Continue: Fall 2017 Edition

I will continue using the somewhat tried-and-true knowledge plan and quality of failure essays, but I am going to modify them yet again. I want these assignments to push students toward the realization that they need to take responsibility for their learning by evaluating how and why it happens, instead of assuming that they can displace this task entirely onto me. However, I still see a large portion of students responding to these meta-cognitive prompts  without much thought, as if they are following a recipe in a cookbook.

So I have condensed the questions that I ask in these assignments even further, making them more open-ended, in the hope that it will force students to exert more effort in examining their own attitudes and behaviors.

The knowledge plan prompt now reads as:

Plan for this course by writing a 2-3 page essay (double-spaced, equivalent to 11 or 12 point font) that answers these questions: 

  • What do I want to get out of this course?
  • What strategies will help me achieve these goals?

The quality of failure prompt now says:

Read:

Write a 2-3 page essay that analyzes the following:

  • What helped or hindered your learning during the semester?
  • Are your experiences similar to those of Robert J. Moore and Soledad O’Brien? Why or why not?

The ABCs of Mentoring

As an increasingly senior (i.e., “older”) faculty member, professional development efforts–whether my own or those intended for others — occupy more of my time and attention than they used to. People here began a more formalized mentoring program for junior faculty about a year ago, and recently I was one of the people called upon to dispense wisdom about teaching to some of our recent hires.

Instead of just talking at them, I decided to demonstrate some teaching via active learning by using Simon’s ABC exercise: I asked the mentees to write down on Post-It notes what they wanted to abandon, begin, and continue about their own teaching and then stick their notes on the wall. Here is a compilation of the results: Continue reading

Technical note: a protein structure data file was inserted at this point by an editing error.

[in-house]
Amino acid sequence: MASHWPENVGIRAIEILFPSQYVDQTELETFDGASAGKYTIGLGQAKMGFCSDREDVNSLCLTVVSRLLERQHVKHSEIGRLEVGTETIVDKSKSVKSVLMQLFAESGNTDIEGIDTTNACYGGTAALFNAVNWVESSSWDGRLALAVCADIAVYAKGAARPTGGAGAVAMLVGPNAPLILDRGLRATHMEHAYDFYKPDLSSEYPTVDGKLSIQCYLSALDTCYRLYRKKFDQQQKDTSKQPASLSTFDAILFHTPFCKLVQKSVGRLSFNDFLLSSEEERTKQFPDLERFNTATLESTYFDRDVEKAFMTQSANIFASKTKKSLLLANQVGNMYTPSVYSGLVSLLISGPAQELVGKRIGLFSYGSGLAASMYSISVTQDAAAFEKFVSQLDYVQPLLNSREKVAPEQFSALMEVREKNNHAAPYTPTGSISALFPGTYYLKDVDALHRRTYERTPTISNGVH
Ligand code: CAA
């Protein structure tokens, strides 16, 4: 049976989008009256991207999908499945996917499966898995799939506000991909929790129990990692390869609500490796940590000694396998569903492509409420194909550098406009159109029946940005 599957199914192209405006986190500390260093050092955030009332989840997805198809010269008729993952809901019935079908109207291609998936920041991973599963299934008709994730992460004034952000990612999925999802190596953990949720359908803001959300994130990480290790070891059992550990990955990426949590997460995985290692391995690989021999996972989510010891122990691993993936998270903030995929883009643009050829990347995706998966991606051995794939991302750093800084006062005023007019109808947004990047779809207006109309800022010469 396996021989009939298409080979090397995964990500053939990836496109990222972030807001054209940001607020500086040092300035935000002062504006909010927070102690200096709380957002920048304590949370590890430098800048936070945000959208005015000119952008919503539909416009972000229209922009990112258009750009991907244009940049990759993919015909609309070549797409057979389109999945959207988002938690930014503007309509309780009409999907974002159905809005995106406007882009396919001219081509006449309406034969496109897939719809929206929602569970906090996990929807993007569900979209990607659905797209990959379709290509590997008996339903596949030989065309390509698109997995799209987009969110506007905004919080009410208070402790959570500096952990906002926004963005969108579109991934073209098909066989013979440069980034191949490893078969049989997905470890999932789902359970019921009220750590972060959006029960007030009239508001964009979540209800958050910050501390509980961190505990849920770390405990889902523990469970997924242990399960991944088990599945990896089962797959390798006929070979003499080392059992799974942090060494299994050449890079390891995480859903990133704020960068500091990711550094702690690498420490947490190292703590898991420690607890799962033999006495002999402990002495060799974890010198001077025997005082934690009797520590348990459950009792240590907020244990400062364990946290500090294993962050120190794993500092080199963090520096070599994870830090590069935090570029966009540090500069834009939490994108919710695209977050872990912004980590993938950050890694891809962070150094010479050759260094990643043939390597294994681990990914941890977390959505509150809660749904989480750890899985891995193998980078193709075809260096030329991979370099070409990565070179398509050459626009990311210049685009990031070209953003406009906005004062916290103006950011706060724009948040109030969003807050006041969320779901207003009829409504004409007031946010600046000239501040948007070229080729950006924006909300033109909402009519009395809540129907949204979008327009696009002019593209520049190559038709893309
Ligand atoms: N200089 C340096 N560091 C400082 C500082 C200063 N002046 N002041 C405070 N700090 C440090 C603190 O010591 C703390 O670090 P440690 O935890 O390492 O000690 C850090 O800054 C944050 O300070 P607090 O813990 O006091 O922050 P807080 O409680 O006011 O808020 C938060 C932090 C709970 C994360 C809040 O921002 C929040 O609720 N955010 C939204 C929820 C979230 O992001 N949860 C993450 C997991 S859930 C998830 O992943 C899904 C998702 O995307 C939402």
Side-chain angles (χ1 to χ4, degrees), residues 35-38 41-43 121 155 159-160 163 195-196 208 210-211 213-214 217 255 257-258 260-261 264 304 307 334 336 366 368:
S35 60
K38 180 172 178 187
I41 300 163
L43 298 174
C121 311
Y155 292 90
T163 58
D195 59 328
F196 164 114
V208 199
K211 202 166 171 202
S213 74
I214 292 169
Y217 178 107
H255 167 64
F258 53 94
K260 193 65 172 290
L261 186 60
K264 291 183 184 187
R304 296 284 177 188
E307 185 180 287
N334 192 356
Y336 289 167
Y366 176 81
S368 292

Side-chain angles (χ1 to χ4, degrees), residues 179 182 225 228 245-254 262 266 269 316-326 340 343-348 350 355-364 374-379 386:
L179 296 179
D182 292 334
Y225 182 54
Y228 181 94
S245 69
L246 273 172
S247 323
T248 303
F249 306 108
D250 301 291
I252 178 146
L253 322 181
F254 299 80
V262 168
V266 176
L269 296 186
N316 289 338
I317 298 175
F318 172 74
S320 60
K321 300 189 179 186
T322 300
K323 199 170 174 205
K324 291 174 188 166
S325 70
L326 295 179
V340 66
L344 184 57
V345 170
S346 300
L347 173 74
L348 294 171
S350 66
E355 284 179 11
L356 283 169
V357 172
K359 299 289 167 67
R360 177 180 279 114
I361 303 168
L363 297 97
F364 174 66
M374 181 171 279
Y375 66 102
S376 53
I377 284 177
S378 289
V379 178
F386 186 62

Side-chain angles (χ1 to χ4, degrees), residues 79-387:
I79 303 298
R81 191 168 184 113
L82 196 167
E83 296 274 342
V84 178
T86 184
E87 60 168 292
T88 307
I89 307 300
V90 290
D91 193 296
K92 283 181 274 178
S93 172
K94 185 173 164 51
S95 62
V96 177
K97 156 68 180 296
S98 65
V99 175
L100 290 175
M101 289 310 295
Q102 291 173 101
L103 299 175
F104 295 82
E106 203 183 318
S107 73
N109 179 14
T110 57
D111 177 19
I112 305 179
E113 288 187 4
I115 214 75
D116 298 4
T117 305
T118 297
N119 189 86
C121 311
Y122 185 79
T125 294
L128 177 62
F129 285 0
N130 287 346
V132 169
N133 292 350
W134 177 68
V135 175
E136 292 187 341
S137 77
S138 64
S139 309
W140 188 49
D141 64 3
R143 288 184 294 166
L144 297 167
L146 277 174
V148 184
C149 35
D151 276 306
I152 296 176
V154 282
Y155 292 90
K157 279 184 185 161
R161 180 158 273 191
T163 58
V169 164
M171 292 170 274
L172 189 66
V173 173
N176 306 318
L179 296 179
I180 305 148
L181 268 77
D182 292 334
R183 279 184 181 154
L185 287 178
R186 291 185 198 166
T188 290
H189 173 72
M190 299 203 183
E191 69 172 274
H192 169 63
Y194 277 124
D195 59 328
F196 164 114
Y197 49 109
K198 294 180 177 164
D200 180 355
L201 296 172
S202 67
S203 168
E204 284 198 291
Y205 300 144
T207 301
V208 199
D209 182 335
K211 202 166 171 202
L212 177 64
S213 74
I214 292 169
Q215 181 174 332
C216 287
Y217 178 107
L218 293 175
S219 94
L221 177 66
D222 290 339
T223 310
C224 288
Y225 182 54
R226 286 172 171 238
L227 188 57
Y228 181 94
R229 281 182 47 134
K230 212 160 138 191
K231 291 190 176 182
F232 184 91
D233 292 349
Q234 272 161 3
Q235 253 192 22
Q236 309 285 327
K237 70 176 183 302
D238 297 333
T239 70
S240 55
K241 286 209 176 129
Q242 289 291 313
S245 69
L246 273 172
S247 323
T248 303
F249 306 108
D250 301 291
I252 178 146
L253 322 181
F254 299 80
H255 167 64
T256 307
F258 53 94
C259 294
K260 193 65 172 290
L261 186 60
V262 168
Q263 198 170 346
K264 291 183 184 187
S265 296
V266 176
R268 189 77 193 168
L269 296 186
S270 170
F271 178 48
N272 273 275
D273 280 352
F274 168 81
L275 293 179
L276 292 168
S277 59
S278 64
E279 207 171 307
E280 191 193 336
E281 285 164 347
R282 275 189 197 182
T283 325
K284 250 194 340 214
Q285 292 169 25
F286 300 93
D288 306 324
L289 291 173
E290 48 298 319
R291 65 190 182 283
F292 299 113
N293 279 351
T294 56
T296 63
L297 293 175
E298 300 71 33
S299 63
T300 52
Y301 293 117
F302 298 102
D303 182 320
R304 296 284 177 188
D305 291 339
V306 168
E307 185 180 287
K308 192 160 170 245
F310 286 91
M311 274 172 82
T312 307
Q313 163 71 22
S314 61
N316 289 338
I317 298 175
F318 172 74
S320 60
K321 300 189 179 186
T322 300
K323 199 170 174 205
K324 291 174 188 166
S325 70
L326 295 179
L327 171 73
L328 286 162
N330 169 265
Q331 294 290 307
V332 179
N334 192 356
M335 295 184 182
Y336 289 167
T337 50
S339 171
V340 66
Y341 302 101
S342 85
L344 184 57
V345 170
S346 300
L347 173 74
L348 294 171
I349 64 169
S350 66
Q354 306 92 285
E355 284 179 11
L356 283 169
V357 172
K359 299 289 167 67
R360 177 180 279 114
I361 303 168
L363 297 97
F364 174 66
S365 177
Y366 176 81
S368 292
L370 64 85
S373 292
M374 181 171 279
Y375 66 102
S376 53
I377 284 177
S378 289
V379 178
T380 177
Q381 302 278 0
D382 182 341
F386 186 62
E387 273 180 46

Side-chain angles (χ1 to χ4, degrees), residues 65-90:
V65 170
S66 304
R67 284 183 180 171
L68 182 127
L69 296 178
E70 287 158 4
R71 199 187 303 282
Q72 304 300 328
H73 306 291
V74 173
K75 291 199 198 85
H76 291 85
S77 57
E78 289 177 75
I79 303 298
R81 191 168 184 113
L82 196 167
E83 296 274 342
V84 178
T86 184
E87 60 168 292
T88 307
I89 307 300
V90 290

Encouraging student feedback

Durdle_Door_OverviewAs my American colleagues know, the UK is a socialist paradise and it’s one of the reasons they’re all coming over later this month (the other is our workshop, which you can book a space at here).

One of the many great consequences of our enlightened political choices is the notion of ‘bank holidays’, days especially chosen to have poor weather, so that us Brits can really indulge in moaning about rain. We love it.

This weekend past was, unfortunately, a very poor example, as the sun shone for a full three days, but I braved it all, to go on a short family break on the South Coast. This included a Sunday lunch in a small pub, where (it turned out) a recent graduate of my fine university was one of the people serving us. Continue reading

Policy failure as an opportunity?

Reading Peter Scott’s piece in the Guardian today, I was struck once again by the continuing failure of policy-makers in the UK to define a clear and consistent approach to British Higher Education. While I don’t think that’s just a UK problem, as Chad’s numerous posts here can attest, it’s one that impacts more directly on my professional experience.

In essence, Scott argues that the nominal drive towards ‘improving standards’ is fatally undermined by the lack of clarity about what ‘standards’ consists of, and about who sets and checks them. Financial implications and the pressures of a globalising market make it hard to gain university-level buy-in.

But while it’s easy to be all doom-and-gloom about this, it’s also worth reflecting on the possible opportunities it brings. Continue reading

In it to win it?

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Totally what cycling in Surrey looks like

Last night, I noticed my small notebook where I keep a note of all my ‘proper’ cycles (i.e. not the commuting stuff): it’s been three months since I last rode out in anger. At the same time, I also note it’s been pretty much the same length of time since I stopped being an Associate Dean.

No, these two things aren’t really connected, except inasmuch as how I conceptualise both of them. Continue reading